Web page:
Cleaning up Fairmount Avenue in Saugus


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Wicked Local Photo by Mike Gaffney

Junk Depot sent over a half-dozen employees and several vehicles to clean up Fairmount Avenue.

By Mike Gaffney/
Posted Apr 20, 2011 @ 12:39 PM
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Sick of the trash strewn up and down Fairmount Avenue, Leo Guarente decided to take matters into his own hands.

Guarente, owner of the Junk Depot at 1539 Broadway, assembled a team and spent several hours last Thursday removing debris from Fairmount Avenue.

While the town has seen an overall reduction in illegal dumping over the last few years, Fairmount Avenue has remained a problem area.

Fairmount Avenue residents keep an eye out for suspicious activity but it’s difficult to catch the culprits, who often come in under the cover of darkness to dispose of items in the woods.

Guarente shared how one of his neighbors woke up to find about 15 yards worth of trash piled on the property of his newly constructed home.

“It’s like the town dump,” said Guarente, who lives on Fairmount Avenue. “When people see so much trash dumped around here they say ‘I can get away with it too, it’s no big deal.’”

Guarente recently approached Town Manager Andrew Bisignani to inquire about lending a hand to clean up Fairmount Avenue.

Bisignani was happy to accommodate the request and on April 14 Junk Depot sent over two 15-yard dumpsters and six employees to pitch in. GJ Towing also donated a Bobcat to the effort.

The Junk Depot workers hit the illegal dumping hotspots and loaded more than two tons of trash into the dumpsters, Guarente reported. The haul included several discarded couches, toilet seats, a snowman kit and countless other items.

Junk Depot disposed of the garbage and left Fairmount Avenue near the Lynn line looking cleaner than it has in years — at no charge to the town.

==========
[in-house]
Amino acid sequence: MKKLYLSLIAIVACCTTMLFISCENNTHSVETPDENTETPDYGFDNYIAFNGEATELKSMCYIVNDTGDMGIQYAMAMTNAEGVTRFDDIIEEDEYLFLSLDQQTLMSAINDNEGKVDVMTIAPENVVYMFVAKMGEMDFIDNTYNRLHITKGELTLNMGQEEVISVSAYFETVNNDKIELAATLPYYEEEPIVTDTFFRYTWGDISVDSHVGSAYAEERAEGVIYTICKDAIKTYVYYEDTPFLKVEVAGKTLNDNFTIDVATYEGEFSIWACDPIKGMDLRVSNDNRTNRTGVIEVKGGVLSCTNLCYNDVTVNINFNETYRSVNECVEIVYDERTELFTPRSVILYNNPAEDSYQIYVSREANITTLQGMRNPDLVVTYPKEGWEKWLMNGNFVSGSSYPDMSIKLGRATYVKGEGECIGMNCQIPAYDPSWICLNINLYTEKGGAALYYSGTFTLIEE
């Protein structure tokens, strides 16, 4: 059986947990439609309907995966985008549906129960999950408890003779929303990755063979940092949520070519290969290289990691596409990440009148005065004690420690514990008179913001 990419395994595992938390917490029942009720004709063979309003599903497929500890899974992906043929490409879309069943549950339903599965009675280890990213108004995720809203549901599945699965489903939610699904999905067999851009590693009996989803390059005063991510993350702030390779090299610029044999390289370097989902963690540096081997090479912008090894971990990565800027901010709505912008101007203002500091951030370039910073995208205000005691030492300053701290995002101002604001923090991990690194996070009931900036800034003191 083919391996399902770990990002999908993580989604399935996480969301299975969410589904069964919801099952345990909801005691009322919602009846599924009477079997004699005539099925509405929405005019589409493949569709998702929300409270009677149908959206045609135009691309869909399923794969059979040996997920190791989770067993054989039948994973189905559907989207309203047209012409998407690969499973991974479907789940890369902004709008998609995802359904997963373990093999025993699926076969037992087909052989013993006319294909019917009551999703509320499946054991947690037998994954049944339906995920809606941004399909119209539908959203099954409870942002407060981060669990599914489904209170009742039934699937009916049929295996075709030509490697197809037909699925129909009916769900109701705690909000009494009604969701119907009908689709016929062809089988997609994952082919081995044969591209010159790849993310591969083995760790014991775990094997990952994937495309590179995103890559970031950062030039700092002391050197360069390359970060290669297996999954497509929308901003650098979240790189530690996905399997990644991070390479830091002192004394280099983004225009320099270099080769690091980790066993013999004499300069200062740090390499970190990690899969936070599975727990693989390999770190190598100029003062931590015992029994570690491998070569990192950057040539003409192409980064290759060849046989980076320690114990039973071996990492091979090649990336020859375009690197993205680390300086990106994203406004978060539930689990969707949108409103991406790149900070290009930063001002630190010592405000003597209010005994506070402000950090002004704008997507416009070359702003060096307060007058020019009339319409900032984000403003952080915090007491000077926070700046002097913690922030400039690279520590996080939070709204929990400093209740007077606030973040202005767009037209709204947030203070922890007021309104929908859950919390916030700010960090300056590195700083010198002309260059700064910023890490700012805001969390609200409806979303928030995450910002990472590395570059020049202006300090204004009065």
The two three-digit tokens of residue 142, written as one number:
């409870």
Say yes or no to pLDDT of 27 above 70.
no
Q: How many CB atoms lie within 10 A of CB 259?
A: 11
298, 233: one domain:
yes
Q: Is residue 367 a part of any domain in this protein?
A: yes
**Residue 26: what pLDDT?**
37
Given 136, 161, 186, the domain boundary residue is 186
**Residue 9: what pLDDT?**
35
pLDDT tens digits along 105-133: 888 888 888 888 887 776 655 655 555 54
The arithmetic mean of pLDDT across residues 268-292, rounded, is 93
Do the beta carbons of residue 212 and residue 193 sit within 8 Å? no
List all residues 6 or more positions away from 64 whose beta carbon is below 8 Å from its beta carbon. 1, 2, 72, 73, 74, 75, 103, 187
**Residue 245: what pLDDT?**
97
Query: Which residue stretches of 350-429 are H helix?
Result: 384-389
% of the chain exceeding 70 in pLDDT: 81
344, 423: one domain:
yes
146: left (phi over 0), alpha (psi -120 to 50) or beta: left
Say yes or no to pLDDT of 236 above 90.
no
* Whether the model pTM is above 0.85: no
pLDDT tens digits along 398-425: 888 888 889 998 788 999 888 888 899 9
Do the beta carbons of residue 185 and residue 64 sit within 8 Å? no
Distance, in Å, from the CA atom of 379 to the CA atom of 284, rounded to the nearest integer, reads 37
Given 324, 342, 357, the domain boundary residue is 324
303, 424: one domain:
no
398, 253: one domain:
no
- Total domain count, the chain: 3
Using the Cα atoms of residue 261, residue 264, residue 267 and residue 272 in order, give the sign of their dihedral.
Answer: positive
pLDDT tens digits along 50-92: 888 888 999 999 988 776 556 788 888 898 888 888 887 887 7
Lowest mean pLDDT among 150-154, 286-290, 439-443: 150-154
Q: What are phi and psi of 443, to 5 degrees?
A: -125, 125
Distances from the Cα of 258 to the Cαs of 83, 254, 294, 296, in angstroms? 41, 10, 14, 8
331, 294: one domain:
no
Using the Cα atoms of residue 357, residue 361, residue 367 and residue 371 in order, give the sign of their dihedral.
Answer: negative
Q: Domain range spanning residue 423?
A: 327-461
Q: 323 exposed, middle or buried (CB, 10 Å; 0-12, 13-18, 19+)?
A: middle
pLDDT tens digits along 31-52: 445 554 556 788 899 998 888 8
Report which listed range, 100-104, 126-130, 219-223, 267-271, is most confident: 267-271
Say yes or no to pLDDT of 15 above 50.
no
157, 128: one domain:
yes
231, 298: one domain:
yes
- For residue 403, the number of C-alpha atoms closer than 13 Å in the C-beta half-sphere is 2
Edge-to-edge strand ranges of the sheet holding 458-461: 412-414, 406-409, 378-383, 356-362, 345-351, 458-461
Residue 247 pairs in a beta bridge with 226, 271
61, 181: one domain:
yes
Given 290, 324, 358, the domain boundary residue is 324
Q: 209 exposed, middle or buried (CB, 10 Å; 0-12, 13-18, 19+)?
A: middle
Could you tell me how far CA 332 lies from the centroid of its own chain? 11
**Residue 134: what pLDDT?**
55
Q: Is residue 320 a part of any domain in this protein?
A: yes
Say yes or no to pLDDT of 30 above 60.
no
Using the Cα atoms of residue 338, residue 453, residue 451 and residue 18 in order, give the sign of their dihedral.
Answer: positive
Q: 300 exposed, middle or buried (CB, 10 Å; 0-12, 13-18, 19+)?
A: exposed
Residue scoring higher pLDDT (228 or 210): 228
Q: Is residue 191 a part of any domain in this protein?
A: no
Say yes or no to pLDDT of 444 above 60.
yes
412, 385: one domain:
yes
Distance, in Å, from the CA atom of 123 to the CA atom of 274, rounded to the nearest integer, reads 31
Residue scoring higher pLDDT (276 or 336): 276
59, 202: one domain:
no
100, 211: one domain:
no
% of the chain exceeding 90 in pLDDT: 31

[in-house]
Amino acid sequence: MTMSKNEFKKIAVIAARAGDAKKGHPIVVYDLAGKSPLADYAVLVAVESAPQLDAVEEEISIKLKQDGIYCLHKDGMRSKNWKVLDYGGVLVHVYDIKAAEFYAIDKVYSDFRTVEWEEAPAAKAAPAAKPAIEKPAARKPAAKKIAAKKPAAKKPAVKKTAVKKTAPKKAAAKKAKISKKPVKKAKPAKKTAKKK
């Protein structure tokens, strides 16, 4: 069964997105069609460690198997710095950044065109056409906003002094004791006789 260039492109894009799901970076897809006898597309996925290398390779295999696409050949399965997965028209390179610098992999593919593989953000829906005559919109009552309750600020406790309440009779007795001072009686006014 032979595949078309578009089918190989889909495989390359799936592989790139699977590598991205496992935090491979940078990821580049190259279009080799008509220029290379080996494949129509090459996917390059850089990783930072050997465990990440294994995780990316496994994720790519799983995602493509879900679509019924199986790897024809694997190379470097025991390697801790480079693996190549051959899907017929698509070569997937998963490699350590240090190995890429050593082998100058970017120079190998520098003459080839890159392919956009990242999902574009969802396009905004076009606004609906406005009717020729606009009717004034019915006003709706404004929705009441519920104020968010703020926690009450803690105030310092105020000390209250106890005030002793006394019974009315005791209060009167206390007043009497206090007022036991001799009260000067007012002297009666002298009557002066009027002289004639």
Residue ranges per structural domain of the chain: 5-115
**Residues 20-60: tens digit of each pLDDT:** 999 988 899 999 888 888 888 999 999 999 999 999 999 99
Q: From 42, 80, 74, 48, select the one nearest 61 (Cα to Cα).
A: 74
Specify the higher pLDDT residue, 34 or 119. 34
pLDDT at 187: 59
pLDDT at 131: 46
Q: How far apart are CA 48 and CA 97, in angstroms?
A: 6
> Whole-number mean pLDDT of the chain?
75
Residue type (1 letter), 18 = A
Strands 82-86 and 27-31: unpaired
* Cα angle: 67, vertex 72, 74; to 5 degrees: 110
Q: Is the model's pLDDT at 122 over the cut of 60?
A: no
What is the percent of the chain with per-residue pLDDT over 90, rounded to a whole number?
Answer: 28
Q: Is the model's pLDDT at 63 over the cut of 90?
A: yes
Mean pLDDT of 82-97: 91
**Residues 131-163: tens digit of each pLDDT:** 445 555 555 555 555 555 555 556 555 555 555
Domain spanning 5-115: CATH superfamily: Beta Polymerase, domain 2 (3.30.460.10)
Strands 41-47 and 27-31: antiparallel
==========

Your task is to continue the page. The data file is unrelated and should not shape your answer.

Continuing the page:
Fire Chief James Blanchard, Police Chief Domenic DiMella, state Rep. Donald Wong and Bisignani all swung by Fairmount Avenue Thursday to watch the cleanup effort.

“I’m thrilled someone is picking up this trash for the town, it shows a lot of community spirit and makes the area more attractive for people who want to buy homes,” Blanchard said.

Bisignani told the Advertiser the illegal dumping on Fairmount Avenue is frustrating given the fact police routinely patrol the area and a Neighborhood Watch group was formed to deter crime.

Despite the efforts illegal dumping has been a “chronic problem” on Fairmount Avenue, Bisignani said.

Unfortunately the town doesn’t have the resources to remove the excess trash that piles up on a regular basis, Bisignani said.

Individuals caught leaving trash on public or private property can face serious consequences. Bisignani said the town has prosecuted people in the past, noting one person recently settled to pay a $500 fine.

Why people feel they must resort to illegal dumping baffles Bisignani. He pointed out the town runs a recycling drop-off site at the Department of Public Works, 515 Main St., on Saturdays from 8 a.m. to 2 p.m.

By-and-large Bisignani believes that Fairmount Avenue is the exception, not the rule. He estimated illegal dumping has decreased town-wide 75 percent in recent years, which he attributed in part to the drop-off site and people becoming more vigilant about recycling.

“Fairmount Avenue is a border street, I don’t think it’s Saugus residents doing (the dumping),” Bisignani said.

Bisignani emphasized it’s a tremendous help for a concerned citizen such as Guarente to come forward with the offer he made.

“It’s really a nice gesture on his part, it shows a commitment to the well being of the community,” Bisignani said. “I’m very thankful he committed his own resources to do this for the town.”

For his part, Guarente said he was simply tired of all the trash he spotted in his neck of the woods. Neighbors certainly appreciated the effort, with several coming up to the Junk Depot team to offer thanks.

“I just wanted to do something to give back to the community,” Guarente said, adding that he hopes to make the spring cleanup an annual tradition.

Bisignani said Guarente and his Junk Depot volunteers have already gone above and beyond. If the town had called in a company the trash removal would have cost a few thousand dollars, he contended.

“I wish we had more people in this town like Leo,” Bisignani remarked.

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